Icahn's $5.4 billion exit strategy for Federal-Mogul soothes aftermarket retailers
DETROIT -- It’s hard to be frenemies in business.
Carl Icahn is selling auto-parts maker Federal-Mogul to competitor Tenneco in a deal valued at $5.4 billion. Part of the reason is that Federal-Mogul’s own customers -- retailers like AutoZone and O’Reilly Automotive -- bristled at the fact the billionaire investor was both their supplier and competitor through his many auto-related holdings, people familiar with the situation said. Icahn owns distributors like Auto Plus and retail shops like Pep Boys, meaning it sells to both everyday customers and to repair shops.
The sale is a step backward in Icahn’s goal to gain greater control of the replacement-parts business amid sweeping changes in the U.S. mobility sector. The investor has acquired a collection of transportation-related assets -- including a stake in ride-sharing operator Lyft and a controlling position in rental-car provider Hertz Global Holdings -- as he expects Americans to increasingly forgo owning their own cars.
Becoming a dominant maker and distributor of parts needed to service today’s cars and those future fleets, and installing them at his own repair chains like Aamco and Precision Auto Care, would have helped solidify his position throughout the supply chain. A spokesman for Icahn Automotive did not immediately reply to a request for comment on what the unit sale means for the billionaire’s parts and repair business.
For Federal-Mogul, the conflict between supplying aftermarket parts and potentially competing with its customers dates back about 23 years. In 1995, then-CEO Dennis Gormley launched an aggressive plan to start a 500-unit chain of stores. And he even built a $500,000 prototype to show to investors, only to tear it down in two weeks. The effort quickly fell apart as customers learned of the plan.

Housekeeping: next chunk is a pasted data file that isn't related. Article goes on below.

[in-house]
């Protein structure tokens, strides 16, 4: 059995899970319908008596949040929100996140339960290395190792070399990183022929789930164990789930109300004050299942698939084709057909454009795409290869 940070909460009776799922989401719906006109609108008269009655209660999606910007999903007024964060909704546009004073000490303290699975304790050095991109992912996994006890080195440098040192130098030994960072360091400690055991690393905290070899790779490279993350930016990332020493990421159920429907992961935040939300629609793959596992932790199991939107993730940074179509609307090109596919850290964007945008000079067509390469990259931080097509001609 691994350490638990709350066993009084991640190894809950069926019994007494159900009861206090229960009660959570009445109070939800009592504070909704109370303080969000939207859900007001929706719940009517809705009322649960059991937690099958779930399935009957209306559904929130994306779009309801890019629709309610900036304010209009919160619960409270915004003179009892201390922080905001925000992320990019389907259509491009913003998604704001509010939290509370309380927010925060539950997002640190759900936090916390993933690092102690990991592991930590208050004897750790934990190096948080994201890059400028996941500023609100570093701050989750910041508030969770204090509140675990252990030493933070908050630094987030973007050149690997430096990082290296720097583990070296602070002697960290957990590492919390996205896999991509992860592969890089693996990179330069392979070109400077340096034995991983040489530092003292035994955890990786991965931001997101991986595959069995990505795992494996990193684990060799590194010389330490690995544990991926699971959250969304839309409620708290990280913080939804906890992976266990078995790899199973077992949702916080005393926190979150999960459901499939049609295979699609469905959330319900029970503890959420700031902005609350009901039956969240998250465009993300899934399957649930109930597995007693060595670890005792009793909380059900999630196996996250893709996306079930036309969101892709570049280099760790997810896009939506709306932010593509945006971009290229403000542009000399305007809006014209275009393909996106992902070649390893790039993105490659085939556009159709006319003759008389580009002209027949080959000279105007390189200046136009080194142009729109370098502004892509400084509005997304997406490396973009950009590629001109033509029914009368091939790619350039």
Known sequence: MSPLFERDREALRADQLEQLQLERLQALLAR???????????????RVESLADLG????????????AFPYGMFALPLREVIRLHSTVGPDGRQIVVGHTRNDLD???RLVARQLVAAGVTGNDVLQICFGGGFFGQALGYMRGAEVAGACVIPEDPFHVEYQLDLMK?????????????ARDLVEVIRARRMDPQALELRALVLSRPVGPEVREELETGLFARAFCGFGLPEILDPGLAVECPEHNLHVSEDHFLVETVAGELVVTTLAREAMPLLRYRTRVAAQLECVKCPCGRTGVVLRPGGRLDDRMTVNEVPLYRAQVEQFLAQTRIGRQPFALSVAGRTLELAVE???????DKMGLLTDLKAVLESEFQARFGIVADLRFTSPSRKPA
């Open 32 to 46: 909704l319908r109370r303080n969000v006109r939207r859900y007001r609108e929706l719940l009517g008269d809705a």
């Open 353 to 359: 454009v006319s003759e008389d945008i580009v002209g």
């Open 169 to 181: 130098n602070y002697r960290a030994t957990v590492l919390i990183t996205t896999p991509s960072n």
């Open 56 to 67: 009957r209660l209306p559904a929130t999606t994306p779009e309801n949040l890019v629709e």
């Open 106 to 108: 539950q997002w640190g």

The structure of the Tuesday's transaction helps keep Icahn and his auto businesses at arm’s length from the Federal-Mogul unit bought by Tenneco. The purchase price includes an $800 million cash payment and 29.5 million shares of Tenneco, including non-voting stock, the companies said Tuesday in a statement. Icahn will have a combined 36 percent of Tenneco’s voting and non-voting stock, according to a slide deck on the deal.
Once the deal goes through, Lake Forest, Illinois-based Tenneco will split the combined businesses into two publicly traded companies to better compete in the shifting transportation space. One will specialize in powertrain technology and the other in auto parts. Icahn will retain a board seat at the powertrain company, but not the parts company.
Tenneco -- which will sell a broader range of parts after the combination -- will still do business with Icahn’s companies. He just won’t have control the way he did as owner of Federal-Mogul. Icahn also still plans to push ahead with growing its own retail and distribution business and using Hertz to help manage cars for Lyft drivers, one of the people familiar said.
The sale marks the latest shift in a car-parts industry that’s reorganizing as automakers prepare for an era of battery-powered and eventually driverless vehicles. Icahn made a move last year to sell Federal-Mogul’s Fel-Pro engine-parts unit, a business it’s owned since 1998. Tenneco was among suitors for some businesses of Fiat Chrysler Automobiles's Magneti Marelli components division as the Italian-American manufacturer prepared to spin off that unit.
The Federal-Mogul acquisition is expected to close in the second half of 2018, subject to approvals, with the Tenneco split to take place in the second half of 2019.
“Icahn Enterprises acquired majority control of Federal-Mogul in 2008 when we saw an out-of-favor market opportunity for a great company. During that time, we have built one of the leading global suppliers of automotive products,” Icahn said in the statement. “I am very proud of the business we have built at Federal-Mogul and agree with Tenneco regarding the tremendous value in the business combination and separation into two companies.”
Tenneco is taking after several peers by splitting itself up. Aptiv and Delphi Technologies formed as a result of the former Delphi Automotive breaking up last year. Autoliv, the Swedish-American airbag and seatbelt maker, is spinning off its driverless-electronics business, and Germany’s Continental is considering a shakeup of its structure.
Automotive News contributed to this report.